At the height of the pandemic Zoom was the go-to application for meetings with people stuck at home in lockdown. During FY 2021, the company was growing at an unsustainable triple-digit rate, peaking at a mind-blowing 369% growth in Q3 2021. By Q2 2023, its most recent quarter, it was down to single-digit (8%) growth (but with $5.5 billion in cash on hand).
That’s quite a swing, and the company recognizes it can’t rely completely on online meeting software. That’s why it has been looking to branch out beyond the core meeting service over the last couple of years by moving into areas like contact center, sales intelligence and phone, while expanding the meeting platform into areas like whiteboarding.
To push that idea even further, the company announced the beta of email and calendar software at its Zoomtopia customer conference today. Company founder and CEO Eric Yuan recognizes there are people who spend a lot of their time on Zoom and he wants to provide all the tools to do that without task switching.
“We are going to announce the beta of a Zoom email and calendar clients. Essentially, any user can download a new client to use our email and calendar,” Yuan told TechCrunch.
But on the back end, they can simply connect to a GMail or Microsoft Outlook account or server if they wish. "On the server side it could still be a Google or Microsoft integration for existing Google and Microsoft customers,” he explained.
He expects that many customers who embrace the Zoom email and calendar apps, who are longtime Google and Microsoft email and calendar customers, will choose to use the clients with the back-end integration, but small business owners, who might not have formal IT teams, may choose to let Zoom manage both the client and server side.
That’s why the company is also announcing a hosted email and calendar. Among the features it will have is the ability to create a unique customer domain and end-to-end encryption.
Zoom Mail interface. Image Credits: Zoom
He pointed out that the Zoom-hosted service is not like consumer email like Gmail. It will be more like a private platform with a small group of people sharing email. That should help cut down significantly on junk and unwanted emails because only a limited number of people will have access to the platform. Whether the company can prevent junk completely remains to be seen, but the goal is to have an email and calendar application tightly integrated with the Zoom platform with limited access to outside parties.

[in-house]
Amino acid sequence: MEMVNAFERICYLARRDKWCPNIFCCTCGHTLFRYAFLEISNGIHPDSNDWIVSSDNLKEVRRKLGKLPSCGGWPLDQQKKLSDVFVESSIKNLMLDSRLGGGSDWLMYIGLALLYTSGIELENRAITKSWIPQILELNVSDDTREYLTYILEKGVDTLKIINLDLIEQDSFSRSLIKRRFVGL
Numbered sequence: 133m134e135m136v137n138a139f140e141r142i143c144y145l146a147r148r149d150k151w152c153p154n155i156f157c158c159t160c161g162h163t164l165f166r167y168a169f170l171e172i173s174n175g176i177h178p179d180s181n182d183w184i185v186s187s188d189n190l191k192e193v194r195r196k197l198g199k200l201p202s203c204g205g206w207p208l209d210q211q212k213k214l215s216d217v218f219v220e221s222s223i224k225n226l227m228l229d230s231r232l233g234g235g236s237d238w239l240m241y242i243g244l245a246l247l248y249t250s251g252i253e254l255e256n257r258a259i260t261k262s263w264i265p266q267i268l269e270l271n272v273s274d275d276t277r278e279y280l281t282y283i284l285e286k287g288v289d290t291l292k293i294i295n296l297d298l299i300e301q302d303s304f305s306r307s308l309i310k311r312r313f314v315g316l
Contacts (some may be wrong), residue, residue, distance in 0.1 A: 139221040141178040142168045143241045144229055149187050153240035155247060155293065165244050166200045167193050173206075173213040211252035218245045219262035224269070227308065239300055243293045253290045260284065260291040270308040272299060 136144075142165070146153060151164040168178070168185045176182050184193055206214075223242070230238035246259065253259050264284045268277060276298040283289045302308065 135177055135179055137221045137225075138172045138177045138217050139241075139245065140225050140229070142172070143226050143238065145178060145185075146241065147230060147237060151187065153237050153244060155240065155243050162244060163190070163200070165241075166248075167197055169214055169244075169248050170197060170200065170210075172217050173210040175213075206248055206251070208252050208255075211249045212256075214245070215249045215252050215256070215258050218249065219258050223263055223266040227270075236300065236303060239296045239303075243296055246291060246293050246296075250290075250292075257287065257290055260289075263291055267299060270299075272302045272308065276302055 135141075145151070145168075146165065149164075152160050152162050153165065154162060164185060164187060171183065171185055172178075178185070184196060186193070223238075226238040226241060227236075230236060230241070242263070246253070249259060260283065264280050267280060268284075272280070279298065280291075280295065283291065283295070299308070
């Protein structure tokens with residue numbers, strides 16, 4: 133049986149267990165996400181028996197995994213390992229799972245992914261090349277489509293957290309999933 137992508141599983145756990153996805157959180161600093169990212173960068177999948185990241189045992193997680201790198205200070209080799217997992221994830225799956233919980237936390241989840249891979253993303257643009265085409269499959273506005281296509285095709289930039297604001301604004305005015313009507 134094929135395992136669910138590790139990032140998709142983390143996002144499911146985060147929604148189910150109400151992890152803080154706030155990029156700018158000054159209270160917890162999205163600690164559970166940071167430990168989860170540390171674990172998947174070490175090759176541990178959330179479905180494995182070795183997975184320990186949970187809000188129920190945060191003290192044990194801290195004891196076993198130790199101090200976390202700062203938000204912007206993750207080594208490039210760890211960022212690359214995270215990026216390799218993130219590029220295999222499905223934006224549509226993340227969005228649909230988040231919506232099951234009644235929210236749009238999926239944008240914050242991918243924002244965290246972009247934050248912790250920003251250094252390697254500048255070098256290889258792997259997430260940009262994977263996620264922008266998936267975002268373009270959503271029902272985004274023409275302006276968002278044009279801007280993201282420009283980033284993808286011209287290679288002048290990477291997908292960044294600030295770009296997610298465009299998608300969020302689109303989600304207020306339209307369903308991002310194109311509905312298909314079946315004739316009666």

For people connecting to Gmail or Microsoft Outlook, the service will be free for both paid and free tier Zoom customers. For those who want Zoom to run everything, it will be available as part of the Zoom One Pro or higher subscription plans, but at no additional cost.
While the email and calendar stand out, they aren’t the only announcements the company is making this week. The company is also announcing Zoom Spots, which is a watercooler kind of experience where people can drop in for a few minutes, have a spontaneous conversation and leave. It’s not unlike Slack Huddles, which Slack introduced last year for a similar kind of quick chat.
“We are introducing a new service called Zoom Spots, which is essentially a persistent video where you can look around, see who's there and you can join these conversations and you don’t have to schedule meetings. And it's a pretty interesting concept to support hybrid work,” he said.
The company is also introducing a couple of other tools outside the pure meeting sphere, including a customer service chat bot for its contact center service, which is probably related to its acquisition of Solvvy in May. It is also introducing a new sales intelligence tool, which acts as a virtual coach for sales teams, simulating various sales situations. The latter is part of the Zoom IQ for Sales toolkit announced earlier this year.
The company is clearly working hard to move beyond its online meeting roots, and to find ways to keep people on the platform as it expands further into adjacent areas of the core meeting business.